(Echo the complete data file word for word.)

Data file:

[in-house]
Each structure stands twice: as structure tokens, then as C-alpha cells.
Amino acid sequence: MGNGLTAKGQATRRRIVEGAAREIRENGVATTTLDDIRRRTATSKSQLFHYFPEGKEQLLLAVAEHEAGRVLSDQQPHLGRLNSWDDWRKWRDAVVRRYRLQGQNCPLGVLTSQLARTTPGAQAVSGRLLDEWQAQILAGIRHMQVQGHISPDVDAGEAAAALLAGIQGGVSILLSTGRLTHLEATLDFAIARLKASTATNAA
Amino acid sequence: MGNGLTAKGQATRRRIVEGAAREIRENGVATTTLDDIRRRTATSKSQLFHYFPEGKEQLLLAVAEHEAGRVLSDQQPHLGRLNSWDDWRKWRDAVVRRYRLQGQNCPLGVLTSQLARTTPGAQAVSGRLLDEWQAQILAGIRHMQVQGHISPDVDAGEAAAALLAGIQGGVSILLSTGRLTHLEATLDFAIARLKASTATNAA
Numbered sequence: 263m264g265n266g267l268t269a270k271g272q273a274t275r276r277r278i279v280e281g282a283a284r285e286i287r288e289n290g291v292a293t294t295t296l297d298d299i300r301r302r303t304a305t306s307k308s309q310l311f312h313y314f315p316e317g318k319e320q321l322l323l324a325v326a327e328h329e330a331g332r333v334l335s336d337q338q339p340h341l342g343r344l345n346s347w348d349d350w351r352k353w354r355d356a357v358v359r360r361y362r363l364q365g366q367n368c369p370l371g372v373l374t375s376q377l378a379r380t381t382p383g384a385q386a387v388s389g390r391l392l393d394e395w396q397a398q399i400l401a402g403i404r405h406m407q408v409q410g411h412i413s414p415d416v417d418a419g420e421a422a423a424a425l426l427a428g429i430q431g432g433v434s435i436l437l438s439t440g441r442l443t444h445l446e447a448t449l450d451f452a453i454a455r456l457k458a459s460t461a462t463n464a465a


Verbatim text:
[in-house]
Each structure stands twice: as structure tokens, then as C-alpha cells.
Amino acid sequence: MGNGLTAKGQATRRRIVEGAAREIRENGVATTTLDDIRRRTATSKSQLFHYFPEGKEQLLLAVAEHEAGRVLSDQQPHLGRLNSWDDWRKWRDAVVRRYRLQGQNCPLGVLTSQLARTTPGAQAVSGRLLDEWQAQILAGIRHMQVQGHISPDVDAGEAAAALLAGIQGGVSILLSTGRLTHLEATLDFAIARLKASTATNAA
Amino acid sequence: MGNGLTAKGQATRRRIVEGAAREIRENGVATTTLDDIRRRTATSKSQLFHYFPEGKEQLLLAVAEHEAGRVLSDQQPHLGRLNSWDDWRKWRDAVVRRYRLQGQNCPLGVLTSQLARTTPGAQAVSGRLLDEWQAQILAGIRHMQVQGHISPDVDAGEAAAALLAGIQGGVSILLSTGRLTHLEATLDFAIARLKASTATNAA
Numbered sequence: 263m264g265n266g267l268t269a270k271g272q273a274t275r276r277r278i279v280e281g282a283a284r285e286i287r288e289n290g291v292a293t294t295t296l297d298d299i300r301r302r303t304a305t306s307k308s309q310l311f312h313y314f315p316e317g318k319e320q321l322l323l324a325v326a327e328h329e330a331g332r333v334l335s336d337q338q339p340h341l342g343r344l345n346s347w348d349d350w351r352k353w354r355d356a357v358v359r360r361y362r363l364q365g366q367n368c369p370l371g372v373l374t375s376q377l378a379r380t381t382p383g384a385q386a387v388s389g390r391l392l393d394e395w396q397a398q399i400l401a402g403i404r405h406m407q408v409q410g411h412i413s414p415d416v417d418a419g420e421a422a423a424a425l426l427a428g429i430q431g432g433v434s435i436l437l438s439t440g441r442l443t444h445l446e447a448t449l450d451f452a453i454a455r456l457k458a459s460t461a462t463n464a465a